Development And Preliminary Psychometric Evaluation of the Children\u27s Saving Inventory

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    This study reports on the development and initial psychometric properties of the Children\u27s Saving Inventory (CSI), a parent-rated measure designed to assess child hoarding behaviors. Subjects included 123 children and adolescents diagnosed with primary Obsessive-Compulsive Disorder (OCD) and their parents. Trained clinicians administered the Children\u27s Yale-Brown Obsessive-Compulsive Scale (CY-BOCS), items assessing Family Accommodation and the Clinical Global Impressions-Severity index. Parents completed the CSI, Child Obsessive-Compulsive Impact Scale (COIS)-Parent Version and Child Behavior Checklist. Youth completed the COIS-Child Version, Obsessive-Compulsive Inventory Child Version (OCI-CV), Multidimensional Anxiety Scale for Children, and Children\u27s Depression Inventory-Short Form. A four factor solution was identified; factors were named Discarding, Clutter, Acquisition, and Distress/Impairment. Internal consistency for the CSI Total and factor scores were good. One-week test-retest reliability (n = 31) from a random subsample was excellent. Known groups validity was supported vis-à-vis higher CSI scores for those endorsing hoarding on the CY-BOCS Symptom Checklist. Convergent and discriminant validity was evidenced by weak relationships with OCI-CV Checking and Contamination factors but strong relationships with the OCI-CV Hoarding factor and with hoarding obsession/compulsions on the CY-BOCS. These findings provide initial support for the reliability and validity of the CSI for the assessment of hoarding behaviors among youth with OCD. Future studies are needed to extend these findings to non-OCD samples of youth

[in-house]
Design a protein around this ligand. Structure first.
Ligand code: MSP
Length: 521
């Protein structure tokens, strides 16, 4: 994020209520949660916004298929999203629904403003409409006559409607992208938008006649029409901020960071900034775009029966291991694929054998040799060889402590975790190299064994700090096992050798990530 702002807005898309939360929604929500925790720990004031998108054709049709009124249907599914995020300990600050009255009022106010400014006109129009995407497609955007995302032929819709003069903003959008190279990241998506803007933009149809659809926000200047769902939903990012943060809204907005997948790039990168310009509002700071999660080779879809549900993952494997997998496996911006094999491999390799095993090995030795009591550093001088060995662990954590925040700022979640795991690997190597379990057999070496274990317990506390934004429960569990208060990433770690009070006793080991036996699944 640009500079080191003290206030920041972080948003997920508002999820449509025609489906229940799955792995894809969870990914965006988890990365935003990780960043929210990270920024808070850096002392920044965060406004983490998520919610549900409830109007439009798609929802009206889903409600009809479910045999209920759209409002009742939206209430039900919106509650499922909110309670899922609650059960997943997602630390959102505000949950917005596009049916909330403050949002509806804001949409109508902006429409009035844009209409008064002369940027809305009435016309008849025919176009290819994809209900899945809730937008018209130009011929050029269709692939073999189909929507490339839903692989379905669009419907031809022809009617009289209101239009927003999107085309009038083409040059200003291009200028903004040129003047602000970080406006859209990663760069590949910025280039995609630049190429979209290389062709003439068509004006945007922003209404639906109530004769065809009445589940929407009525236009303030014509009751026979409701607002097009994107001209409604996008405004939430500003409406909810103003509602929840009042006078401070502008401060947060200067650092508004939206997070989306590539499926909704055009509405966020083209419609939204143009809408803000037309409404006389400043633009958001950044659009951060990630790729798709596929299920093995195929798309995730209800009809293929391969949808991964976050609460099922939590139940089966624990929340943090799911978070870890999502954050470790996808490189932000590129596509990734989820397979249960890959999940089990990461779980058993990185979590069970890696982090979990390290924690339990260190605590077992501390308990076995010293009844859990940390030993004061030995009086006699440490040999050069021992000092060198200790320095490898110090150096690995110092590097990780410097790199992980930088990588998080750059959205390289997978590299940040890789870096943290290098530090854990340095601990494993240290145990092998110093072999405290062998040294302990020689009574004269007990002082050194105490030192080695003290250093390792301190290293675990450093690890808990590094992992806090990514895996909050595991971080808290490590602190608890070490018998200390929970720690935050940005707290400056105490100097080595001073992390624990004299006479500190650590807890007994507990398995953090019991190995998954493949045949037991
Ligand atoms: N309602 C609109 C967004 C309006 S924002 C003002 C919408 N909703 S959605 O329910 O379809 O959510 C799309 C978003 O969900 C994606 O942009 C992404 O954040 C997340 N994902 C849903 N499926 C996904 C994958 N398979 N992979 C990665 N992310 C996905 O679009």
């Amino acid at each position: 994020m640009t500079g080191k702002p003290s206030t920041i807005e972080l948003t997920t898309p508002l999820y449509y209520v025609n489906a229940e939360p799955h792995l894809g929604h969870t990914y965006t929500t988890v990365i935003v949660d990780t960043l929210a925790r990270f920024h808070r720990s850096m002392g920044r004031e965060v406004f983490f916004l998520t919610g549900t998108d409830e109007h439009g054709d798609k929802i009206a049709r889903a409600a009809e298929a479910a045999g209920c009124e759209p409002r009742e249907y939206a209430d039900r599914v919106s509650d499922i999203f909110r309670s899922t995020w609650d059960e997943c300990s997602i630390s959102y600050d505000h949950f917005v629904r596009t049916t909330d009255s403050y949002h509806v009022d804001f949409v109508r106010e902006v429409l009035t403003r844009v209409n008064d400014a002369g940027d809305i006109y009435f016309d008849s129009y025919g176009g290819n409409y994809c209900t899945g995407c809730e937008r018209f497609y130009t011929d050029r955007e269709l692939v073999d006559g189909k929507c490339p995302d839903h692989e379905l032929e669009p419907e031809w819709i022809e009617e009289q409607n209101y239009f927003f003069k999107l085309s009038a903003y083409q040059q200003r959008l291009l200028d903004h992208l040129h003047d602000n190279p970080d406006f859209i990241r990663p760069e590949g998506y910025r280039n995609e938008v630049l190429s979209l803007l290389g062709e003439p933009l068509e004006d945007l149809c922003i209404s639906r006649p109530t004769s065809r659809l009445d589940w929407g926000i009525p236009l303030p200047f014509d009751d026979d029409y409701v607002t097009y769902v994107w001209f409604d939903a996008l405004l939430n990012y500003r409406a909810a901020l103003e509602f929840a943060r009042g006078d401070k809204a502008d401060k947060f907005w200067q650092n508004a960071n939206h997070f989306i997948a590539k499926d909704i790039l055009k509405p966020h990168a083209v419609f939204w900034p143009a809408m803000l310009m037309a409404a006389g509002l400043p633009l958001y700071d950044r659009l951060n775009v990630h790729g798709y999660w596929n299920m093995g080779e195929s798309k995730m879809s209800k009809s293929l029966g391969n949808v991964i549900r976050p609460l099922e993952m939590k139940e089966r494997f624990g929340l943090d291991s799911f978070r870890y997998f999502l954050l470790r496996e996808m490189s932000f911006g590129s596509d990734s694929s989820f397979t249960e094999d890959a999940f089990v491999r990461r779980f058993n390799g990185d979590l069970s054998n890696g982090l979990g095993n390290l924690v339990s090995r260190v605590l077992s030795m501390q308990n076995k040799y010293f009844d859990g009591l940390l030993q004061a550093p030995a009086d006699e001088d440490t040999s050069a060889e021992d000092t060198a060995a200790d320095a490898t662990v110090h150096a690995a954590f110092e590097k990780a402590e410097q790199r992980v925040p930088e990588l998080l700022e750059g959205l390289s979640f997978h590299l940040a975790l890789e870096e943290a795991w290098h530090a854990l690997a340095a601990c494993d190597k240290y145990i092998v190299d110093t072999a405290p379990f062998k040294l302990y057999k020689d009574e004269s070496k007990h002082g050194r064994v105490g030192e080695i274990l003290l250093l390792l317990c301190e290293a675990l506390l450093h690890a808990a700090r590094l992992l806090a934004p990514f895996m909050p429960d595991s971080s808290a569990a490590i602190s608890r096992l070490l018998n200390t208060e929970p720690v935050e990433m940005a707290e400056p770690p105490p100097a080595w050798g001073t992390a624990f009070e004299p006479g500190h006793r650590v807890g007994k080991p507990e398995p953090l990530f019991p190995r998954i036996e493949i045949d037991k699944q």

The Psychological Science Accelerator: Advancing Psychology through a Distributed Collaborative Network

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    Concerns have been growing about the veracity of psychological research. Many findings in psychological science are based on studies with insufficient statistical power and nonrepresentative samples, or may otherwise be limited to specific, ungeneralizable settings or populations. Crowdsourced research, a type of large-scale collaboration in which one or more research projects are conducted across multiple lab sites, offers a pragmatic solution to these and other current methodological challenges. The Psychological Science Accelerator (PSA) is a distributed network of laboratories designed to enable and support crowdsourced research projects. These projects can focus on novel research questions, or attempt to replicate prior research, in large, diverse samples. The PSA’s mission is to accelerate the accumulation of reliable and generalizable evidence in psychological science. Here, we describe the background, structure, principles, procedures, benefits, and challenges of the PSA. In contrast to other crowdsourced research networks, the PSA is ongoing (as opposed to time-limited), efficient (in terms of re-using structures and principles for different projects), decentralized, diverse (in terms of participants and researchers), and inclusive (of proposals, contributions, and other relevant input from anyone inside or outside of the network). The PSA and other approaches to crowdsourced psychological science will advance our understanding of mental processes and behaviors by enabling rigorous research and systematically examining its generalizability